Loss of Epigenetic Enzyme In Crohn's Disease Triggers Intestinal Inflammation
Study is the first to examine the function of SP140 protein in inflammatory diseases.
The protein SP140 plays a critical role in innate immune function and intestinal health, a recent study found.
A variant form of SP140—–predominately expressed in immune cells––has been associated with Crohn’s disease, multiple sclerosis (MS), and chronic lymphocytic leukemia (CLL). Previously, it was unclear how both the normal function of SP140 and the gene variant affected the protein and caused disease.
In a study published in Science Immunology, investigators showed that the unaltered form of SP140 is required to maintain the expression of genes that define macrophage identity and function.
The immune disorder variant is characterized by 17 individual sequence of changes, and resulted in the loss of SP140 that compromised the ability of macrophages to respond to microbial signals.
“More than 400 enzymes write, read or erase the epigenome, and mutations in these enzymes are some of the most prevalent perturbations in cancers, promoting rigorous efforts to identify compounds that could inhibit their function and reset gene expression,” said corresponding author Kate Jeffrey, PhD. “Our knowledge of epigenomic enzyme mutations in immune-mediated disease is lagging well behind the cancer field, and our study—–the first to examine the function of SP140 in any detail––shows how its loss in Crohn’s disease triggers intestinal inflammation.”
In a mouse model of colitis, the reduction of SP140 expression in the immune cells increased intestinal inflammation. The investigators also examined intestinal biopsy samples obtained from patients with Crohn’s disease, and found that those with a reduction in SP140 expression responded better to anti-tumor necrosis factor therapy (anti-TNF) compared with patients who had typical SP140 levels.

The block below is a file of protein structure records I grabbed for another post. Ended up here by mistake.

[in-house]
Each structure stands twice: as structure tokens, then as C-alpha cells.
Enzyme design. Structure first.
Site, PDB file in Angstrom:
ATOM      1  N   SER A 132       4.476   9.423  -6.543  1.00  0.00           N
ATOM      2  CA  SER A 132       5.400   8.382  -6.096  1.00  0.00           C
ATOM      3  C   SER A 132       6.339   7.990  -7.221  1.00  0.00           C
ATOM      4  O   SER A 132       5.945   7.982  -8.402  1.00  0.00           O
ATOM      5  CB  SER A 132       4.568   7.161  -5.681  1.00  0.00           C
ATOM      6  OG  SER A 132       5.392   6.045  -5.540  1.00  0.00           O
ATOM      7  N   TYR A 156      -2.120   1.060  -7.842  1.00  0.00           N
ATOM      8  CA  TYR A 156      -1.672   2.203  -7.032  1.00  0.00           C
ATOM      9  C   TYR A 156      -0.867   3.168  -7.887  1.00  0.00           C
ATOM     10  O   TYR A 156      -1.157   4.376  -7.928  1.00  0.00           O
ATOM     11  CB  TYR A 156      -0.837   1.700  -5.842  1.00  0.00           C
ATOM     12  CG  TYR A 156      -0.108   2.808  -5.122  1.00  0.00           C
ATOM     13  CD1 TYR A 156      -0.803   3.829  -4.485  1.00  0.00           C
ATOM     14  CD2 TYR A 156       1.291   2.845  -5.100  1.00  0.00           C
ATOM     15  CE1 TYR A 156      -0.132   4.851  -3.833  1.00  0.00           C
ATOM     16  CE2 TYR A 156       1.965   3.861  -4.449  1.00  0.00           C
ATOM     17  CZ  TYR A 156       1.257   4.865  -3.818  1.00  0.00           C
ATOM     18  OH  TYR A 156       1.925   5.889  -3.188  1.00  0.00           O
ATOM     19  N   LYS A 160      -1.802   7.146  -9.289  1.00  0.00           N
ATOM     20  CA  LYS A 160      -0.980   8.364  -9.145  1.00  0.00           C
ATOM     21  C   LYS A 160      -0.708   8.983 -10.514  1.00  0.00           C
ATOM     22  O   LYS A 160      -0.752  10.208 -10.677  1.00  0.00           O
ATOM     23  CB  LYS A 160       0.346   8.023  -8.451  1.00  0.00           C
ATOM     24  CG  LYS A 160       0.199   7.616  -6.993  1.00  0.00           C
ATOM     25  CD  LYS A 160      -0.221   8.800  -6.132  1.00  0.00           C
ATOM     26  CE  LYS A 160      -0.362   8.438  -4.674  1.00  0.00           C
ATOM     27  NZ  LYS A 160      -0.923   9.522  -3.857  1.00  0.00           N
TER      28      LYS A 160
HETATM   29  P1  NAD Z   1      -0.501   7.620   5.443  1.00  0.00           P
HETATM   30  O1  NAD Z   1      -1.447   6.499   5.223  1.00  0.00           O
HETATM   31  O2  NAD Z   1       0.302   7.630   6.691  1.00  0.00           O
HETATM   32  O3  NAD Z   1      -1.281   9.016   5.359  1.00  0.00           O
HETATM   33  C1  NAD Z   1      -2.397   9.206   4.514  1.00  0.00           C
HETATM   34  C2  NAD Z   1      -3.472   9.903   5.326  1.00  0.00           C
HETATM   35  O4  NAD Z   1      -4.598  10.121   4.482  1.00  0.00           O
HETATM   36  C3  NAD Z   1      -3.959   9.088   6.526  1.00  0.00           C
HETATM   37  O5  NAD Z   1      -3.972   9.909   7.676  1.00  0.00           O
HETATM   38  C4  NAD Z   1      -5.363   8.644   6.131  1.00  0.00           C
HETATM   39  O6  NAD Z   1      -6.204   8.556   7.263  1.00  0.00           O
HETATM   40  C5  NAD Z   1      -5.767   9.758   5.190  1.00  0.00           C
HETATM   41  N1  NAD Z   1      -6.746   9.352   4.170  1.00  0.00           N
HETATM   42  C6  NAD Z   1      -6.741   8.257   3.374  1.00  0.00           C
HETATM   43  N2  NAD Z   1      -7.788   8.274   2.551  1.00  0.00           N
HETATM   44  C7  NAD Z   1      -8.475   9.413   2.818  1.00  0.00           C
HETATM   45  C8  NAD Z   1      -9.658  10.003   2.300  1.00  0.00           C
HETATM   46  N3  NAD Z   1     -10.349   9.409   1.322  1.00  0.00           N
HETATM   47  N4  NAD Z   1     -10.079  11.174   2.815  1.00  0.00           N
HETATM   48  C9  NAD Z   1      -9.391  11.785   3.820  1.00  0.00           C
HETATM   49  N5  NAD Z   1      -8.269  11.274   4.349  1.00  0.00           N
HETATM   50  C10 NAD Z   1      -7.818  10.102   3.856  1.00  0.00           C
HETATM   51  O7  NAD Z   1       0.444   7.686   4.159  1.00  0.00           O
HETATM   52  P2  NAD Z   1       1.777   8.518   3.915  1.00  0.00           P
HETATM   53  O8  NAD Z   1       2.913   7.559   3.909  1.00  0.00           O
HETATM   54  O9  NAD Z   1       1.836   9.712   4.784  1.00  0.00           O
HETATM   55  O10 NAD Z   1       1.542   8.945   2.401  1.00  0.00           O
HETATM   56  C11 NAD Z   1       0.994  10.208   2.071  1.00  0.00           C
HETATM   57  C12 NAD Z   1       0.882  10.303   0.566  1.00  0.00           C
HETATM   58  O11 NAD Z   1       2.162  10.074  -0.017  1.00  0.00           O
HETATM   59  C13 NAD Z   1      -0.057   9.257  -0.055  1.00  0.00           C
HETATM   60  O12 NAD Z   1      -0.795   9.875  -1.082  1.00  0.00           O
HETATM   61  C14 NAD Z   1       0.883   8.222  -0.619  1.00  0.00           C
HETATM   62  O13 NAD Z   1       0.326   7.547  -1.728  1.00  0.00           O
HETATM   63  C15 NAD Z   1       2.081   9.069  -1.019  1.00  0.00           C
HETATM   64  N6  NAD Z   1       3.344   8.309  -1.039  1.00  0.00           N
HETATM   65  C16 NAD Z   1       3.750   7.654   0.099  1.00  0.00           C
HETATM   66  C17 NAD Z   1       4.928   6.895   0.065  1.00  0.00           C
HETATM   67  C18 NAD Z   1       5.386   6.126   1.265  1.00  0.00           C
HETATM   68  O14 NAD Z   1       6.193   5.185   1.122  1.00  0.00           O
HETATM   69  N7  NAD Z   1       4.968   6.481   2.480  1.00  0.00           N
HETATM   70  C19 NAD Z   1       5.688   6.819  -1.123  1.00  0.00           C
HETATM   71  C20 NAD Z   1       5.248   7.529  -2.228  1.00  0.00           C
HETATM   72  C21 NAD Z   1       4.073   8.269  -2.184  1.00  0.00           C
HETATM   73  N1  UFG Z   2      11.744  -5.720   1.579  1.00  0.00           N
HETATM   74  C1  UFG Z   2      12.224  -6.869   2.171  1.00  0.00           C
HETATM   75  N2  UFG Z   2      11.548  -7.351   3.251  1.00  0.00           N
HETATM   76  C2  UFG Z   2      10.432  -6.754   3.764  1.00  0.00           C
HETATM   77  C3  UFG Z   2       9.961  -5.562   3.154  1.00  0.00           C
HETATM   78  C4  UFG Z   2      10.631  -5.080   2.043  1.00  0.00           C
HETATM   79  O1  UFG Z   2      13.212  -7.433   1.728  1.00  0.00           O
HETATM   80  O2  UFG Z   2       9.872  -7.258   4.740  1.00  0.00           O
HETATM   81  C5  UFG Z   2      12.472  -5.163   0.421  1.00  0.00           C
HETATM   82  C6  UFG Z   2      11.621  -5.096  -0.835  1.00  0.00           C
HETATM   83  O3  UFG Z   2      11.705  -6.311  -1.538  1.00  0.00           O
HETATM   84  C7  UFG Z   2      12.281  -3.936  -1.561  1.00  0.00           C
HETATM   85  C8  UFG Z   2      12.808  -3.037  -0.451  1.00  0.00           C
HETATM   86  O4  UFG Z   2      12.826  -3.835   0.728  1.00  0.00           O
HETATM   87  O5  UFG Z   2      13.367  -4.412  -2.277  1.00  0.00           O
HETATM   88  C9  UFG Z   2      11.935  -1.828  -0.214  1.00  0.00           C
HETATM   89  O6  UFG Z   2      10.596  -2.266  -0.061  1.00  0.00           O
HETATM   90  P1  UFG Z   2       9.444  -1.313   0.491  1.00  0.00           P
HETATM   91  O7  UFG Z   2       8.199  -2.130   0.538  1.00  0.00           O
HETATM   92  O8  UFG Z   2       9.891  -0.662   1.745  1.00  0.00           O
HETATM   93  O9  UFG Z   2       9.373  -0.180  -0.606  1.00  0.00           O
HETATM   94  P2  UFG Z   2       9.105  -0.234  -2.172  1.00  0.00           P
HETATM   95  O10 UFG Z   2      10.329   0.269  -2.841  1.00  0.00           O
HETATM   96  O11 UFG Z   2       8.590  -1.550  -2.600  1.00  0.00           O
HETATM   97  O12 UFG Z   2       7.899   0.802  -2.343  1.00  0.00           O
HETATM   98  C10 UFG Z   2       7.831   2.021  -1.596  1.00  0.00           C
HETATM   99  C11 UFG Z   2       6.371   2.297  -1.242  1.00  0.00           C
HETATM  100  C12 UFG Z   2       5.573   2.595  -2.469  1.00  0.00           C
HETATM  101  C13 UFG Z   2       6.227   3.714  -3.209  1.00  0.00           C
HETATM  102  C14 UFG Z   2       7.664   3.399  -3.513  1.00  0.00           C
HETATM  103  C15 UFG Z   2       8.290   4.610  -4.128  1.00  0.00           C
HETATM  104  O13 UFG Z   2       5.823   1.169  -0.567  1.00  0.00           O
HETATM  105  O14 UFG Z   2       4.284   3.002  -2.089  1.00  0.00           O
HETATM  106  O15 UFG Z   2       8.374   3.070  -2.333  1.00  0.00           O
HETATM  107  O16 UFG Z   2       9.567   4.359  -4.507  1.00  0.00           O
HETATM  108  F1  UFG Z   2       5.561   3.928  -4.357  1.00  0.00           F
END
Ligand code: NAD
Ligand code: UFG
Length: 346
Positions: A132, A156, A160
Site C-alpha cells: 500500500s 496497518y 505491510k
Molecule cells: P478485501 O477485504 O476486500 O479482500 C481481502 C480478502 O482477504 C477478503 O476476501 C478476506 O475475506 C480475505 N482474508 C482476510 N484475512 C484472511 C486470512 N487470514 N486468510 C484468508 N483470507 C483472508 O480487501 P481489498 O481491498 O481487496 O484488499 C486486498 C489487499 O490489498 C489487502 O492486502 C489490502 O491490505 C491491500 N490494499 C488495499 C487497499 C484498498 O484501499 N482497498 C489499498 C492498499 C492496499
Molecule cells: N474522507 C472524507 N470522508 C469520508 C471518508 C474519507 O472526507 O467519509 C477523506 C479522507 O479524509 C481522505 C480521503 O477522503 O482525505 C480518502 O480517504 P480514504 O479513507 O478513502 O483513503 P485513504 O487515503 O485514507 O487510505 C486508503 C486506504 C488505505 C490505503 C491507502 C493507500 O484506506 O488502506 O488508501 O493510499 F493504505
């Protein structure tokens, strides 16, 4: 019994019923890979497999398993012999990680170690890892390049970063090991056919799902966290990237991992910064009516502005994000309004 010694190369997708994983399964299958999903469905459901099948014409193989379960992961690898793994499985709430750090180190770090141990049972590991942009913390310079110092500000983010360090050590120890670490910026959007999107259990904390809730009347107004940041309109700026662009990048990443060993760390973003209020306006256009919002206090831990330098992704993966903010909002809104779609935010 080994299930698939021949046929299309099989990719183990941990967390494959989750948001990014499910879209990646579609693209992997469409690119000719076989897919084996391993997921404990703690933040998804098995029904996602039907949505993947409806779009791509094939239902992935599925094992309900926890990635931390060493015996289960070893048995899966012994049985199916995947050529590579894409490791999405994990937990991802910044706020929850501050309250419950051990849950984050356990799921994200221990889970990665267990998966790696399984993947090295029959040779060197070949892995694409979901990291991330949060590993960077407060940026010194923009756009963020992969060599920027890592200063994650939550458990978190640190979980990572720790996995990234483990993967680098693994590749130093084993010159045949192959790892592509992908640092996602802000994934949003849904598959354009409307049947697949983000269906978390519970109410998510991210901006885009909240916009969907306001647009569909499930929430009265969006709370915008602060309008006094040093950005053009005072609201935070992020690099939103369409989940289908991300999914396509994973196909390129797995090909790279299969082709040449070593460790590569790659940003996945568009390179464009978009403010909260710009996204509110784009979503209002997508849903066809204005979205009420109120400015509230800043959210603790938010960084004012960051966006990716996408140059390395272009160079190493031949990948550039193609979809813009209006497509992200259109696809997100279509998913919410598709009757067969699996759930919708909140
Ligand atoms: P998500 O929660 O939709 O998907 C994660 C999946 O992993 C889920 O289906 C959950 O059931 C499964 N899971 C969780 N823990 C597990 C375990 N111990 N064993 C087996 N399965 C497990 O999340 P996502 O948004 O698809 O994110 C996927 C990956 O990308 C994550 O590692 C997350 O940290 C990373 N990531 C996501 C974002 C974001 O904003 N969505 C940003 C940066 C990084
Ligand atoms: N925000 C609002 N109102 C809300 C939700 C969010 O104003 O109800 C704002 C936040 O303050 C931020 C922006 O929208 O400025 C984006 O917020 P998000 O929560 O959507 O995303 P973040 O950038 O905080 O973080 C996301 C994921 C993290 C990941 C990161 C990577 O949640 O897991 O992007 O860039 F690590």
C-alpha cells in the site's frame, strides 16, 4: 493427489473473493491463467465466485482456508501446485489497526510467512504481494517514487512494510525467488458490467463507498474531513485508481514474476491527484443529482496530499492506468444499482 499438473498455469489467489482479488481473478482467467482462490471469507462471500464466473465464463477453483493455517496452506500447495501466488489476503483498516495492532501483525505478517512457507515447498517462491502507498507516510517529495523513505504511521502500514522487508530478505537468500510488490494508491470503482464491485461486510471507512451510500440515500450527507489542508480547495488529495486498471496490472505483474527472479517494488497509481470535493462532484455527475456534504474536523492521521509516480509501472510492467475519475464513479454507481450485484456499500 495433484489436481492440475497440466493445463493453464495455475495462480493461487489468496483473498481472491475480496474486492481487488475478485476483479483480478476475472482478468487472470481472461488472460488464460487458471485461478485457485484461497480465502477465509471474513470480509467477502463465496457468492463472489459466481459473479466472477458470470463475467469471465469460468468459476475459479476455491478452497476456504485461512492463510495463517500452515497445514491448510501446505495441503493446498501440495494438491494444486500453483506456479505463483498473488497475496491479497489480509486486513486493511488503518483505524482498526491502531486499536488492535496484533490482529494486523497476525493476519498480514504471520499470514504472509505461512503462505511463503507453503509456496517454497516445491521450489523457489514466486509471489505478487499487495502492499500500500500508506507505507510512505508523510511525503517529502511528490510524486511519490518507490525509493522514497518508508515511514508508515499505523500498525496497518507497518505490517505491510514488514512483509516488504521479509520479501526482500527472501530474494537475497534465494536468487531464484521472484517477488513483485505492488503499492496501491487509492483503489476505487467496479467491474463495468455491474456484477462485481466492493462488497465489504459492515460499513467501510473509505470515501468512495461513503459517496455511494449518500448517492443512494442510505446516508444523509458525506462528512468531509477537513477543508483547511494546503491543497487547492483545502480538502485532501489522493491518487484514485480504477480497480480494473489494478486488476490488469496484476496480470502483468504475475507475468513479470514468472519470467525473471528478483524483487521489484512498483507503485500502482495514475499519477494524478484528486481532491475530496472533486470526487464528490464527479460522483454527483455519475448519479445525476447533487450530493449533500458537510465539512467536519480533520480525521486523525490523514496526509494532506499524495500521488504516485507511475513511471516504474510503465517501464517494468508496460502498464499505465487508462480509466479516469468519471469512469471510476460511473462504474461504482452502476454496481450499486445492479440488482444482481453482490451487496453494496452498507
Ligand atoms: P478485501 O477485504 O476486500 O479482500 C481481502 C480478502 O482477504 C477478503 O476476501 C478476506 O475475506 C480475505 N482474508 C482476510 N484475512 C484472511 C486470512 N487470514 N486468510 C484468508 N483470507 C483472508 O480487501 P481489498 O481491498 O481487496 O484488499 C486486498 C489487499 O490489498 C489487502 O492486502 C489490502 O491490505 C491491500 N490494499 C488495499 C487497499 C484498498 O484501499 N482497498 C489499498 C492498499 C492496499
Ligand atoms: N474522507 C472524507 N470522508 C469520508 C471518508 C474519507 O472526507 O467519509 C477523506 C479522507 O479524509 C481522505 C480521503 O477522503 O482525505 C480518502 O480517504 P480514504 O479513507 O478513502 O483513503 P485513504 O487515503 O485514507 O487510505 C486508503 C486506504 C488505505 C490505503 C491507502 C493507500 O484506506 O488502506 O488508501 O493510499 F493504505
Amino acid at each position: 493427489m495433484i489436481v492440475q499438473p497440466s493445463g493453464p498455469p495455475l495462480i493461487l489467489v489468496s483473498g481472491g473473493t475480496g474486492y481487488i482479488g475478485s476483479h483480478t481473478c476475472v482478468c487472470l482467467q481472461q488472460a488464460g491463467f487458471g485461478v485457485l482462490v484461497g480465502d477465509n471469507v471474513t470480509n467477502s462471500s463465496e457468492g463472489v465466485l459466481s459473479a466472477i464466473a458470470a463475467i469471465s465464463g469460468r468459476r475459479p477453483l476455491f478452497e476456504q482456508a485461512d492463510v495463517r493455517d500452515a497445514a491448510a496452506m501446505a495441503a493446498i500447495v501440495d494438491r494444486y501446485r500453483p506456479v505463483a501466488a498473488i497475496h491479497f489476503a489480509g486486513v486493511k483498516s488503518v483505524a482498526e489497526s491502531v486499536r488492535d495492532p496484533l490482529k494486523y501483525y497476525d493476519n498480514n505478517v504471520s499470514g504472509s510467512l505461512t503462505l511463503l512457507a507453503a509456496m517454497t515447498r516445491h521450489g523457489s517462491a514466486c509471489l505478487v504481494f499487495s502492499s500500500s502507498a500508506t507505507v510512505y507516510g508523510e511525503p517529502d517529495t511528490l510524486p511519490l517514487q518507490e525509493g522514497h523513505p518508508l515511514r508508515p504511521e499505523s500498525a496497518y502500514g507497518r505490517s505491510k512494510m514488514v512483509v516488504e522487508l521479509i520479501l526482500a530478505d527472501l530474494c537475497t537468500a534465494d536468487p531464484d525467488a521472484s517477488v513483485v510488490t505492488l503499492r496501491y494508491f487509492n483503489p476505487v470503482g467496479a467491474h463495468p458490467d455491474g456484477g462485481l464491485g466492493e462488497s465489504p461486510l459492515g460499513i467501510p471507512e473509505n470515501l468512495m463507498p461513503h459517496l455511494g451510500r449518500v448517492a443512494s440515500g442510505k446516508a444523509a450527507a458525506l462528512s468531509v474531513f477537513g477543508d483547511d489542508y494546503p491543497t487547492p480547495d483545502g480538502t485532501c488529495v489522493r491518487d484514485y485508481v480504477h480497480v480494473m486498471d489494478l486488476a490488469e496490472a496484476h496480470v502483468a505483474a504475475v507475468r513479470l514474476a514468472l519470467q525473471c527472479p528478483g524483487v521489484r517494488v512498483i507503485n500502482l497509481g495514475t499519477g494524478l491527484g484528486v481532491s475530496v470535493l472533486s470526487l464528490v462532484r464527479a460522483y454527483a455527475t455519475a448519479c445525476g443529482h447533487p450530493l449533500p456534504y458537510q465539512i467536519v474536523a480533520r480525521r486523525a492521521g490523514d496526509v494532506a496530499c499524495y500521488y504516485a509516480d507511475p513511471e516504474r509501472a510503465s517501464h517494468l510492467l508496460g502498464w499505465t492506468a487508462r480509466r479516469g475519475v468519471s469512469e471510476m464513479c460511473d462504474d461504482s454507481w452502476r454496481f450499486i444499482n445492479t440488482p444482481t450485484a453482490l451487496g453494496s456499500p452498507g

“Findings the correlation between lower intestinal levels of SP140 and a better response to anti-TNF represents a potential precision medicine strategy for tailoring anti-TNF-like therapies to Crohn’s patients carrying the variant form of SP140,” Jeffrey said. “Our study may also lead to better inflammatory bowel disease therapies by highlighting the critical role of epigenetic mechanisms for intestinal health. Although directly targeting SP140 would not be a good option, since its loss is detrimental to intestinal health, leveraging other epigenetic enzyme inhibitors that promote protective innate immune responses in the intestine could be a real therapeutic option.”
Although the study’s findings provide insight, the authors noted that more research needs to be done to better understand precisely how SP140 normally limits the expression of inappropriate genes and whether this function is limited to macrophages, or if it also occurs in other SP140-expressing immune cells.
The investigators hope to examine the role of the Crohn’s-associated SP140 variant in MS and CLL, and identify other epigenetic enzymes that could serve as therapeutic targets in inflammatory bowel disease.